Saturday, 21 April 2012

ART as prevention and the budget

More than 5 million people in South Africa are living with HIV. I was struck while reading an article about Haiti today by this comment on cholera: "the situation itself is no longer really novel". That's kind of what has happened with HIV in South Africa. Especially after the Treatment Action Campaign won the constitutional court's support to force the government to provide anti-retrovirus treatment. Since then it has become normal for the government to routinely re-evaluate the CD4 count threshold for treatment access - currently 350 - and for that treatment to be included as a standard line-item in the national budget.

But there are many other demands on the budget. The government desperately needs to create jobs, the education system is a mess, a rapidly growing number of orphans need some kind of support and there are 16 million people dependent on social grants. Of course HIV prevention is a top priority - HIV/AIDS is decimating the social fabric of communities across South Africa and wiping out generations of productive adults. But there are lots of top priorities.

And I'm just not sure how South Africa will ever afford to give ART to everyone who is HIV positive. Because that seems to be the logical extrapolation from the WHO's new guidelines. The guidelines suggest that HIV discordant couples - where one partner is positive and the other is not - should have access to treatment for the HIV positive partner, irrespective of his or her own immune status because studies have shown that ART dramatically reduces the chances of transmission. The guidelines assume monogamous, faithful couples where one partner is positive and the other is not. Given that the epidemic in South Africa (and further afield) is driven by widespread high-risk sexual behaviour and, in particular, multiple sexual partners, that seems a little unrealistic.  If it works as prevention and prevention is necessary because HIV positive people have multiple partners, ART will have to, eventually, be provided to everyone who is HIV positive and sexually active. Unless I am missing something (and here I'm more than open to being corrected by people who know more about the medical side of HIV than I do)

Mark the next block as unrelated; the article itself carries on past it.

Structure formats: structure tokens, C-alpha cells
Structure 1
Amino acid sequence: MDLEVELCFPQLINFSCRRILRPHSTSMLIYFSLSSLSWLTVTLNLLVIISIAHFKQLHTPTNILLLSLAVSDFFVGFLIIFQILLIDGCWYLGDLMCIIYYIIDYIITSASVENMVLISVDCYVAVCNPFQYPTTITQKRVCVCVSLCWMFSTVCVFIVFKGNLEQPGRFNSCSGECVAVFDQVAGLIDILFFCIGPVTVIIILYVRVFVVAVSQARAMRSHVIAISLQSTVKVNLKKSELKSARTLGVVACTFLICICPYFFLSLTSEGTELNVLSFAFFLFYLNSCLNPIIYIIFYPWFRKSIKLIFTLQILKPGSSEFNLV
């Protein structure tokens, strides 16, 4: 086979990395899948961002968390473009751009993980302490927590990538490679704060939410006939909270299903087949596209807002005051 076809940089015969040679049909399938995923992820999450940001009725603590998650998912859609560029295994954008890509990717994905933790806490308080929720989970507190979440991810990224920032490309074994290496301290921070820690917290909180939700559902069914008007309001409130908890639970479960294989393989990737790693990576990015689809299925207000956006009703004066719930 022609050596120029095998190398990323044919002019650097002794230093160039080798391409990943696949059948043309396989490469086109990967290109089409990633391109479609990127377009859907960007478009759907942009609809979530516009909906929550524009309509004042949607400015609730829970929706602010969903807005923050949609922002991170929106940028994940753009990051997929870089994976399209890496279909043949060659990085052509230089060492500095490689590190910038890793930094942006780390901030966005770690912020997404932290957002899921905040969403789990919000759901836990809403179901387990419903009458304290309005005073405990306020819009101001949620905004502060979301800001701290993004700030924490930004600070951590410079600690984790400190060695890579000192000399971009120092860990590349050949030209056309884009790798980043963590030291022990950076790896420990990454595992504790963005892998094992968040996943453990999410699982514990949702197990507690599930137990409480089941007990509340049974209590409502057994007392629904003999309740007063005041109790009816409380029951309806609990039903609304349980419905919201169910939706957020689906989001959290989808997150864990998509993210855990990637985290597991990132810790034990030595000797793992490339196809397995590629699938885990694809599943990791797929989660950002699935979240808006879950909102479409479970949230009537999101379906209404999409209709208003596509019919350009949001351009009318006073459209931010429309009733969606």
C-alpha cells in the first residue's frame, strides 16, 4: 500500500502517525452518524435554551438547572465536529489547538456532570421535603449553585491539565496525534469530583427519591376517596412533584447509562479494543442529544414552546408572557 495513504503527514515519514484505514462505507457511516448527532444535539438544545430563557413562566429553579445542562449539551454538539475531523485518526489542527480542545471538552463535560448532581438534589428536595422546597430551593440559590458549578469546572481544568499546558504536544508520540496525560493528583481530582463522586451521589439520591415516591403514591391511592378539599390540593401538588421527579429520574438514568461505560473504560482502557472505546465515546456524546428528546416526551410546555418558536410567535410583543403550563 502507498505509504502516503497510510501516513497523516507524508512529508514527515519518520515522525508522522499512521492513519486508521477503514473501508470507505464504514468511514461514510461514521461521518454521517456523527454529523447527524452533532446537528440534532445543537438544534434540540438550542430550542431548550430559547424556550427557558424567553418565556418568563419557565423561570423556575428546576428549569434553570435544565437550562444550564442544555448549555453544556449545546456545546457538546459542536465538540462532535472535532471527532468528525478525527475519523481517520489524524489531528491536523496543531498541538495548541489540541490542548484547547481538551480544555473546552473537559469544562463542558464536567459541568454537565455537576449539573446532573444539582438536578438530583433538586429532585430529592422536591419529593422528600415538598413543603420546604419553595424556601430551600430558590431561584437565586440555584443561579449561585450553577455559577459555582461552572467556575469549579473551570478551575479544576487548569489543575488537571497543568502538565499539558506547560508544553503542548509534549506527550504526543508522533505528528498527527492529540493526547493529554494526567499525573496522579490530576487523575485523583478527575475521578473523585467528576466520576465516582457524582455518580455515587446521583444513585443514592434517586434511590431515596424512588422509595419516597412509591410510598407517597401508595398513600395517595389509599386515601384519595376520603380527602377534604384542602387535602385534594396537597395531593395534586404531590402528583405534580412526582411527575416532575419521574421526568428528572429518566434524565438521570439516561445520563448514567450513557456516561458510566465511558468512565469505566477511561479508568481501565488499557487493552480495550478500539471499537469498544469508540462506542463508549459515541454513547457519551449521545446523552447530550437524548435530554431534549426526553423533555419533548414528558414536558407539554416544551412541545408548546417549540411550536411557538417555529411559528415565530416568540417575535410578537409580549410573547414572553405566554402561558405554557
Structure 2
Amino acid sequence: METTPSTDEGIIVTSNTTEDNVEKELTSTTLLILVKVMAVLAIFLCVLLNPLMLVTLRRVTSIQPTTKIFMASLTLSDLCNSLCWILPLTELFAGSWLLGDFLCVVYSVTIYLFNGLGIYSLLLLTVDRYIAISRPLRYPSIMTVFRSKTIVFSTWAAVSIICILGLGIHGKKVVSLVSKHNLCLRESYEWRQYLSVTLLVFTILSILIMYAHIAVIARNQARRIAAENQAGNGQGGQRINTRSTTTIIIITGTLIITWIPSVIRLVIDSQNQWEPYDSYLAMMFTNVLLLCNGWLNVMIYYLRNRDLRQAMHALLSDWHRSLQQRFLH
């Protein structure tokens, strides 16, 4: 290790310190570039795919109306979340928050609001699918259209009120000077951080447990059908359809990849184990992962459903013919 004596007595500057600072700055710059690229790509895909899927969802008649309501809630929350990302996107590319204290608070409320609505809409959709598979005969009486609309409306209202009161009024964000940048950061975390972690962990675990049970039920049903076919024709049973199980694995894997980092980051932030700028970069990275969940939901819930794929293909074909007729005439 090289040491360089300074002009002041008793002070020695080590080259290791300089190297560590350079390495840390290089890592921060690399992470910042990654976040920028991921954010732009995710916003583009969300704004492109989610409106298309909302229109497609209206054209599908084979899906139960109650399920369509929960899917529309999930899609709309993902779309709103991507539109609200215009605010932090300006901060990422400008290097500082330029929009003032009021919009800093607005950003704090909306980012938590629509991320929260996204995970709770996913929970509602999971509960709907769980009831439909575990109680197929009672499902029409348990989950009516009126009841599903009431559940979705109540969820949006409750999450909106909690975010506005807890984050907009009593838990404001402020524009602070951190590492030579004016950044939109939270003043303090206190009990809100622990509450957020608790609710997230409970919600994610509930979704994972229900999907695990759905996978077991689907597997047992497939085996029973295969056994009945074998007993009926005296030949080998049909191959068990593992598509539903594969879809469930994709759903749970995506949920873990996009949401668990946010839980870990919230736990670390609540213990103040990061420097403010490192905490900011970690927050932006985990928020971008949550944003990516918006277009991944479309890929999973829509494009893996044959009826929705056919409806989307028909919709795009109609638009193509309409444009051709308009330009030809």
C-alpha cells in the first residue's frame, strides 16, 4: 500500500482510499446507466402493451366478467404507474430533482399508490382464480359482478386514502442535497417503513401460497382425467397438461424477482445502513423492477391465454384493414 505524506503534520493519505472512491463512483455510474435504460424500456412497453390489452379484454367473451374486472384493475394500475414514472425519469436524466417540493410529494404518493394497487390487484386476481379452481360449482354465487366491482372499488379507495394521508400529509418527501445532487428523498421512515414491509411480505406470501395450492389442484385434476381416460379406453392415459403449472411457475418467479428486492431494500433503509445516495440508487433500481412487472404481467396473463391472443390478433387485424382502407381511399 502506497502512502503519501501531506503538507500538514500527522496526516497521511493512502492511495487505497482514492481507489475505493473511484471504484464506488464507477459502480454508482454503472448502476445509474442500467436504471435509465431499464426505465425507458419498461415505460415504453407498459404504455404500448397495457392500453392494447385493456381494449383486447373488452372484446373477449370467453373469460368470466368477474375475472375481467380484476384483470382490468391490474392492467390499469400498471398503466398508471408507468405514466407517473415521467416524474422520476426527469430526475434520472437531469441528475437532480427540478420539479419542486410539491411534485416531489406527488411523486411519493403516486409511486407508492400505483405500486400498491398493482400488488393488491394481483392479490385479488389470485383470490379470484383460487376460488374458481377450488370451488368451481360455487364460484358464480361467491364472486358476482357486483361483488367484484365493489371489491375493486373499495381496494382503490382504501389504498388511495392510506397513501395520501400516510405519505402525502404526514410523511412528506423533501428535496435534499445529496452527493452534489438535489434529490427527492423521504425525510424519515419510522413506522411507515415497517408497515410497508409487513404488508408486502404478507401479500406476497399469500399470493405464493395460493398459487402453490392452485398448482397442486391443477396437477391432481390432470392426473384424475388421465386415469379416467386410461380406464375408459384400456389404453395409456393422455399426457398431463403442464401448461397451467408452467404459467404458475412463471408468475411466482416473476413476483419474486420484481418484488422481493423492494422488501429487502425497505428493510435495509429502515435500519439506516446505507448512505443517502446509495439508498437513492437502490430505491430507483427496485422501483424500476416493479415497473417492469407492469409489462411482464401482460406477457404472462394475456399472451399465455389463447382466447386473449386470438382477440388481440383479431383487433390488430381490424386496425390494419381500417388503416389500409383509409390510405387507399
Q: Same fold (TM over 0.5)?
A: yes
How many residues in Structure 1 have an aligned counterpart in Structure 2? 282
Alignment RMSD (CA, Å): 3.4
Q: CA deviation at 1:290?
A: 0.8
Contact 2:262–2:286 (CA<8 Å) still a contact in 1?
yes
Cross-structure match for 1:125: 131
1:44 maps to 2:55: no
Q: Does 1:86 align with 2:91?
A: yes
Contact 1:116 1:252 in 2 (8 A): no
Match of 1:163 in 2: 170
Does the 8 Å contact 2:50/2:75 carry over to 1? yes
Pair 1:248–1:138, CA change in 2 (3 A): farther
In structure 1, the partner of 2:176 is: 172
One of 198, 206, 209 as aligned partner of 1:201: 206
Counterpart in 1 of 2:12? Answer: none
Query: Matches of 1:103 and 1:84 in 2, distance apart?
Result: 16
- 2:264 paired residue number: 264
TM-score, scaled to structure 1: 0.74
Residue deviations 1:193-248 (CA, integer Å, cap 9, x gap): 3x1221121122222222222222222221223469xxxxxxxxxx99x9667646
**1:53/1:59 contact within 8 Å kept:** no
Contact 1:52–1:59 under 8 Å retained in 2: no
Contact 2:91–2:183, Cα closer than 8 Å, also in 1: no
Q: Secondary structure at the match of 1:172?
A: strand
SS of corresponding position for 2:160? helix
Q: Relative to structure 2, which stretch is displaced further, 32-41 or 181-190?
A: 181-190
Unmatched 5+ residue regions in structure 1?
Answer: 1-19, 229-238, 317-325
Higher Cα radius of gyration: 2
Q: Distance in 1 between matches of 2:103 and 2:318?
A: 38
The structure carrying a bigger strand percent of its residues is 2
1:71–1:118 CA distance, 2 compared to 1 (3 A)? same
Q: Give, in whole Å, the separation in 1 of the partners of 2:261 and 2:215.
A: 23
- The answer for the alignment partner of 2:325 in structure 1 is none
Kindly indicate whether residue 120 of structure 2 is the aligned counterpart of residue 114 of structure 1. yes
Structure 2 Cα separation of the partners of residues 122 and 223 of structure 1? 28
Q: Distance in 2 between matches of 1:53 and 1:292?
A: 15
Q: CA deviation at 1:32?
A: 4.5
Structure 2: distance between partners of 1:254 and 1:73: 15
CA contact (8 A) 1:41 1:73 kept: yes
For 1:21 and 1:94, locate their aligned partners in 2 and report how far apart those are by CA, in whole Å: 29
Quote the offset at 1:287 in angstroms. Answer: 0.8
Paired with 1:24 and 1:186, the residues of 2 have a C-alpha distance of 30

So if the SA government is going to use this approach - and they have committed to reducing the infection rate to zero in 20 years - they'll probably have to give ART to a lot more people than just the few discordant couples who test together.. If that's true, we have a problem because I'm just not sure that even South Africa, one of the most economically powerful nations on the continent, will be able to afford it.

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